“Ayurveda states that the purpose of life is to know or realize the Creator, both within and without, and to express this Divinity in one’s daily life.” – Dr. Vasant Lad, The Textbook of Ayurvedic Fundamental Principles.
Developed over centuries in what is now known as India, Ayurveda is a holistic healing modality that uses all of life as medicine. In fact, the ancient texts say that everything is a medicine or a poison, it’s just a matter of how it is used. Ayurveda is about aligning with Nature or Reality. Through this alignment, we experience health and happiness. This alignment or orientation with Nature is what many people feel is missing most in our hectic, technology-driven lives. Ayurveda addresses this from many different angles.
Ayurveda’s chief aim is two fold:
- To prolong life and promote perfect health.
- To completely eradicate the disease and dysfunction of the body.
You’ll notice that the first bullet is to promote perfect health of the already healthy. That’s at the core of Ayurveda: to maintain good health. But, if health is not so good, its aim is to completely eradicate disease and bring back a state of health.
Ayurveda achieves this aim with the help of the Three Pillars:
- Diet (Āhāra)
- Lifestyle (Vihāra)
- Herbs (Aushada)
Through diet we affect the way that the body digests. By using conscious food eating habits and aligning with the proper rhythms we allow our body’s digestive fire to work at full efficiency.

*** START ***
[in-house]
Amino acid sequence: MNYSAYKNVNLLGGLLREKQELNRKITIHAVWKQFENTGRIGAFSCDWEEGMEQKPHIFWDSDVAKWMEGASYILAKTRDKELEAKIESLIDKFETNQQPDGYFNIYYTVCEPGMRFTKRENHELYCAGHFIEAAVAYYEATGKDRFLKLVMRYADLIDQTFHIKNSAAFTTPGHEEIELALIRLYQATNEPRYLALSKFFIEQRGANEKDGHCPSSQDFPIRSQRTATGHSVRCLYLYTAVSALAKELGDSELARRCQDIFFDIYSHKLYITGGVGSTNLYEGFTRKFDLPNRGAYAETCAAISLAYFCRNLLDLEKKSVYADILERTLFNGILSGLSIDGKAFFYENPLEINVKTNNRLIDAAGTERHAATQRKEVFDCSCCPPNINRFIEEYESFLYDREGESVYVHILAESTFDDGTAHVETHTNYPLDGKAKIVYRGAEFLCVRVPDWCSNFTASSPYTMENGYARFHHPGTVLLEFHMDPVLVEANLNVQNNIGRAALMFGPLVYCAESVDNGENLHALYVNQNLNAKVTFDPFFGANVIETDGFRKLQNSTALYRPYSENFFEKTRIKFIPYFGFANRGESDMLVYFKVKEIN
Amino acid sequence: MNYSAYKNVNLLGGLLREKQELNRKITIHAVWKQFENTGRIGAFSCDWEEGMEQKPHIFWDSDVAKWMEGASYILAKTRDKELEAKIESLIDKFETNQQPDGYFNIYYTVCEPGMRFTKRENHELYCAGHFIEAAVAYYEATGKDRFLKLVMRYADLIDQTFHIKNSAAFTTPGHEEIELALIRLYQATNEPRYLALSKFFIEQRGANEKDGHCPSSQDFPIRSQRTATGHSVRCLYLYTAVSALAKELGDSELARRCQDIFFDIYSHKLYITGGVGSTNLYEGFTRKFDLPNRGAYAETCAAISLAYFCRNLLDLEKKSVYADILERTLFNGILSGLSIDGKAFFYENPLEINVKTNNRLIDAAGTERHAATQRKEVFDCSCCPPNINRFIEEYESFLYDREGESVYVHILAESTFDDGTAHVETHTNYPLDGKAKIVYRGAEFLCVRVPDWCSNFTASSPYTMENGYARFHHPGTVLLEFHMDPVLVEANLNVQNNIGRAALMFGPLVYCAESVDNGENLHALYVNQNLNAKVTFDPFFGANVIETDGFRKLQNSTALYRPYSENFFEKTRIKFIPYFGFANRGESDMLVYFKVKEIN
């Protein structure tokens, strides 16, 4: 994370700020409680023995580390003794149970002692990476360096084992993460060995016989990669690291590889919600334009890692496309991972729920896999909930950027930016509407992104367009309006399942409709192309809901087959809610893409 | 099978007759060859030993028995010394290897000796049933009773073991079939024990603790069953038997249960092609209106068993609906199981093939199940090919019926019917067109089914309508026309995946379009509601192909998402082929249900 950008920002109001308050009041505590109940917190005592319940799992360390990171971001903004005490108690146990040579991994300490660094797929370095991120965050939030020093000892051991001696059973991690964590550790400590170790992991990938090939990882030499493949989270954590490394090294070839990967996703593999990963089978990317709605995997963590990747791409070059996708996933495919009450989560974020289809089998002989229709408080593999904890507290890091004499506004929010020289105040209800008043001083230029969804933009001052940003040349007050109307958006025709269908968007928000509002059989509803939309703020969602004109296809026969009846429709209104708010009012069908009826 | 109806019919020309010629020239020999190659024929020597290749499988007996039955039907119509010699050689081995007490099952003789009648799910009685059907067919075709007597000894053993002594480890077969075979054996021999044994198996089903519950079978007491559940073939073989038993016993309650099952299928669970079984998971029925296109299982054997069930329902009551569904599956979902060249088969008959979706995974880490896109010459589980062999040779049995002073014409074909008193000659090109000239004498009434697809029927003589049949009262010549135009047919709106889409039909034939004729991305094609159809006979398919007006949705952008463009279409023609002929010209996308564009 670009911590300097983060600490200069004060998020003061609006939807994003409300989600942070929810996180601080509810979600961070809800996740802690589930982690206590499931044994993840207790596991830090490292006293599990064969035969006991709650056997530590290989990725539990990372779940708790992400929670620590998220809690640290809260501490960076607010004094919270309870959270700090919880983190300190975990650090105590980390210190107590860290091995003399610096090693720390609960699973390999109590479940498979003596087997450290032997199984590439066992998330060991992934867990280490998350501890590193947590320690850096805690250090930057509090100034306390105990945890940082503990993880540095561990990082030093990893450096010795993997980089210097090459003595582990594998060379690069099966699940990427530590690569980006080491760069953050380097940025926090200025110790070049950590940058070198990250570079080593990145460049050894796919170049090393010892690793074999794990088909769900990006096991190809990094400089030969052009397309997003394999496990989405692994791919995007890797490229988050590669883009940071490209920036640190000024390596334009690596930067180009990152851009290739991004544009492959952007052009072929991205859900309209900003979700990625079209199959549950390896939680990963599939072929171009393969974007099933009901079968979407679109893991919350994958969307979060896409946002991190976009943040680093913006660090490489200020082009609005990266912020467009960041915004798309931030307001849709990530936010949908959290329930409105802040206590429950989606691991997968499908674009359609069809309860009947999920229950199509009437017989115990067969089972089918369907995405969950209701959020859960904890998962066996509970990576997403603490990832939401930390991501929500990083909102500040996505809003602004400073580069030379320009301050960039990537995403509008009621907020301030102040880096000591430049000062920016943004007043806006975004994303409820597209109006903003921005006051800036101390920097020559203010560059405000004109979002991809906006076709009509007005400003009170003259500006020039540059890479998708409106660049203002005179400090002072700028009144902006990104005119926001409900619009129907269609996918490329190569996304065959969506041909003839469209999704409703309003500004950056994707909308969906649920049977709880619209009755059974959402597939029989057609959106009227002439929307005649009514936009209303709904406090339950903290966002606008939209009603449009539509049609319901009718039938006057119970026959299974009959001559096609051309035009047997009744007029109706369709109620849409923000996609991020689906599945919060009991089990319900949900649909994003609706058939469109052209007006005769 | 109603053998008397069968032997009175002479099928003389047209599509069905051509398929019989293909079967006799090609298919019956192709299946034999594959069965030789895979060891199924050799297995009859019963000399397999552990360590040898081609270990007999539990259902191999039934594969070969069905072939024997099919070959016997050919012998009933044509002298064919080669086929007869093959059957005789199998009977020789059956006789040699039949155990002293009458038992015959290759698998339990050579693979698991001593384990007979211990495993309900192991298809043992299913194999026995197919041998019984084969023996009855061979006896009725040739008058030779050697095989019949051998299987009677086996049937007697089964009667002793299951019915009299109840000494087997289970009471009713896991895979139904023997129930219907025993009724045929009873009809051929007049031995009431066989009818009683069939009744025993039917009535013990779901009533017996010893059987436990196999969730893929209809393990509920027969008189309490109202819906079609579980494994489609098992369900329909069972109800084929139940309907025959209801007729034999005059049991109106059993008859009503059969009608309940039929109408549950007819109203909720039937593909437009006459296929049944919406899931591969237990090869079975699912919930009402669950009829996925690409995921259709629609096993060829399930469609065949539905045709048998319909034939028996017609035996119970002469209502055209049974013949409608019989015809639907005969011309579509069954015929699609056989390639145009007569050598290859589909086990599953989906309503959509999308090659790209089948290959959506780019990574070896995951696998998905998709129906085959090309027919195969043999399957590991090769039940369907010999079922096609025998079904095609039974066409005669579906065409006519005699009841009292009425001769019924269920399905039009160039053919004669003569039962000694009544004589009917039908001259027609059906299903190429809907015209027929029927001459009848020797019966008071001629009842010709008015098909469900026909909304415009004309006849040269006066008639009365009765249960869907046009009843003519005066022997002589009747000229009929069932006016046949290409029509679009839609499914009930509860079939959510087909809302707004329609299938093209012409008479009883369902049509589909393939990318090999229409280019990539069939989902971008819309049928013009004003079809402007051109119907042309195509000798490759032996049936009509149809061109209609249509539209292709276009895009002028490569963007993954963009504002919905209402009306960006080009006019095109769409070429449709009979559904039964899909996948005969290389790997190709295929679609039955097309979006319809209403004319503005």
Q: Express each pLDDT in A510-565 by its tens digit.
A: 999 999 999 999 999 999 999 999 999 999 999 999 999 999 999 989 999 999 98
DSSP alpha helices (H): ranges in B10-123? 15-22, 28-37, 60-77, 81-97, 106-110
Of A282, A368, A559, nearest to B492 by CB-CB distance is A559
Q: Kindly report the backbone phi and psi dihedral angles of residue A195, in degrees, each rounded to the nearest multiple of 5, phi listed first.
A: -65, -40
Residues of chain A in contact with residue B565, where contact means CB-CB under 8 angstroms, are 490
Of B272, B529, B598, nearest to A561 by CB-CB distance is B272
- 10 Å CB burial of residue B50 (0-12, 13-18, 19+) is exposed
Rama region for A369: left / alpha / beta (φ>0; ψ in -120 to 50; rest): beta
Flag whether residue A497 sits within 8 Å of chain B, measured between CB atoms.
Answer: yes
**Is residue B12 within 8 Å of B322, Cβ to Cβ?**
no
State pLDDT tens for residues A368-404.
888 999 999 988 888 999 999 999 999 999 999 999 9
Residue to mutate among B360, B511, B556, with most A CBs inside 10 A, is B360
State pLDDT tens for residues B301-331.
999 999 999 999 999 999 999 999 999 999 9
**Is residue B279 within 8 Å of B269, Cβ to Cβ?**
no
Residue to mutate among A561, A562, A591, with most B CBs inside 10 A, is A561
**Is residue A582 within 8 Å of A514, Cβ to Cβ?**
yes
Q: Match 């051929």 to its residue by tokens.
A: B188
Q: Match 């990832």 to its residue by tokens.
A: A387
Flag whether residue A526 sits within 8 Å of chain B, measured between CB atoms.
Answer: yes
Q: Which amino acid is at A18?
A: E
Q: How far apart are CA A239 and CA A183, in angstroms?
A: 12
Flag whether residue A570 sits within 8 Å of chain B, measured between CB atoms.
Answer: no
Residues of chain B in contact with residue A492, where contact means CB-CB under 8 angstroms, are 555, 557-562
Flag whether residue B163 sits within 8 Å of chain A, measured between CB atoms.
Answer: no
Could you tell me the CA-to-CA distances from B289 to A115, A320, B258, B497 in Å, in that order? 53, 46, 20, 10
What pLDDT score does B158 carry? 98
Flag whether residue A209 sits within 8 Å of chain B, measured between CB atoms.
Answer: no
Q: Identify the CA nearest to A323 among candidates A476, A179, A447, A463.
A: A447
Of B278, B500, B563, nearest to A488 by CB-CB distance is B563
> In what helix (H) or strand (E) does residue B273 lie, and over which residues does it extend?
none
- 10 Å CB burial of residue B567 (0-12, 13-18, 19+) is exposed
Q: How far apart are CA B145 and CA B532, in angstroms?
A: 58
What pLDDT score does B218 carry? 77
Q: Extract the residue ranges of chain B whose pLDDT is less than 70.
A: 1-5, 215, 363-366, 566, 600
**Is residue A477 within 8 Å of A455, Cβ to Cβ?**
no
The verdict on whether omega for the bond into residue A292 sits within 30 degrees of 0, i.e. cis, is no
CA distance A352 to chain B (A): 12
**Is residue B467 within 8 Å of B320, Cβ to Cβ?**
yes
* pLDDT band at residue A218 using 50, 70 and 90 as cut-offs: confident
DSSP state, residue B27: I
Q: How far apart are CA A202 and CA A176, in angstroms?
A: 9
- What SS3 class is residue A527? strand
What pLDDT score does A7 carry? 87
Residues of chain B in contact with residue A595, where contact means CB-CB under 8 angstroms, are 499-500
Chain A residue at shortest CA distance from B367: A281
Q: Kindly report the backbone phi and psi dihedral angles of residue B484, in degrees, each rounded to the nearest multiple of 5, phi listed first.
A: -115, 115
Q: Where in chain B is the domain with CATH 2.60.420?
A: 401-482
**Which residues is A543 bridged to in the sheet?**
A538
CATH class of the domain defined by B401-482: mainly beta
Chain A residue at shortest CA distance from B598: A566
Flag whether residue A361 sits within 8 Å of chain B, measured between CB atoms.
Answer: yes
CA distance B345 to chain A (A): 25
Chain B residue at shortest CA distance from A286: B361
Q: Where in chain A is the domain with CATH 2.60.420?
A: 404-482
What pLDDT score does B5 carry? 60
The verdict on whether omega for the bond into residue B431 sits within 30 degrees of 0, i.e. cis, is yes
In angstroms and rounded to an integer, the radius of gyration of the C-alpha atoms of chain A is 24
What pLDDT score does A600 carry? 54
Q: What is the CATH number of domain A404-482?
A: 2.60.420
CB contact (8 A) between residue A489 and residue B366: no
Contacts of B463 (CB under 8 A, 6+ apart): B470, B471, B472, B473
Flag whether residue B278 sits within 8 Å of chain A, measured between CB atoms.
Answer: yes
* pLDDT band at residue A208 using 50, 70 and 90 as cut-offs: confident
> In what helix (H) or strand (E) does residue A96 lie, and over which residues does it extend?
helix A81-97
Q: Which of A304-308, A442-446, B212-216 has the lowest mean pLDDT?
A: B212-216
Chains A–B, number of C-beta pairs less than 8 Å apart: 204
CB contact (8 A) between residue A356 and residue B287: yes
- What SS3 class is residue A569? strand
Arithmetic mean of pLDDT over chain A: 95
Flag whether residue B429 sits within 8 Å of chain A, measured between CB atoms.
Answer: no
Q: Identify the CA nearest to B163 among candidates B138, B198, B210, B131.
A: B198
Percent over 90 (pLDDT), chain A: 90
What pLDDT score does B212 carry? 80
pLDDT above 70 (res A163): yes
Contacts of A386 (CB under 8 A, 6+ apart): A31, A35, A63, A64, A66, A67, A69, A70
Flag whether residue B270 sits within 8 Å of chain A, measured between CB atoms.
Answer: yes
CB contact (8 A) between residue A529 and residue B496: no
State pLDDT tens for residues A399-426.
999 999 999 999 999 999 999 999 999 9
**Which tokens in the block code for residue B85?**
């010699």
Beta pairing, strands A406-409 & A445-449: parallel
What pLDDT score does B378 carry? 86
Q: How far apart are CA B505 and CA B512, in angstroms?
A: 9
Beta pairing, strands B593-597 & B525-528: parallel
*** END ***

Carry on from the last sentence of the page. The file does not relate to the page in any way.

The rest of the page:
If we are not eating right for our constitutions (dosha), or are eating overly processed, old, or improperly combined food, our digestive fire’s capacity to utilize what’s being put into it becomes stressed. This will result in the depletion of the tissues of the body (dhatus), the immunity (ojas), and disease (vyakti) begins to manifest.
Lifestyle practices are an essential part of aligning our body’s energy and mind with nature. This alignment brings health and proper nutrition and assimilation.
Simply waking up at the same time every day and eating at the same time will have a profound effect on the health of your body and mind. Adding daily yoga, abhyanga (oil massage), meditation, pranayama (breathing exercises), or exercise will all help the body maintain a healthy structure as well as help the mind and emotions settle into a more balanced state.
In our busy culture some of the healthiest lifestyle recommendations can be difficult to integrate. Imagine this: eating WITHOUT your phone, in silence 🙂Or how about not going to bed with your phone 🙂
Before herbs can become appropriate and efficacious, all of my teachers have told me, the diet and lifestyle must first be addressed. Of course, herbs can help one to align more with healthy diet and lifestyle through alleviating particular ailments. However, for long-term health, diet and lifestyle are the keys to sustainability.
I have received some basic herbal training. However, I rely heavily on diet and lifestyle recommendations and only suggest herbs when absolutely necessary. With prescribing herbs also comes an ecological impact as the growing, harvesting, transport, processing, and distribution of herbs should be considered.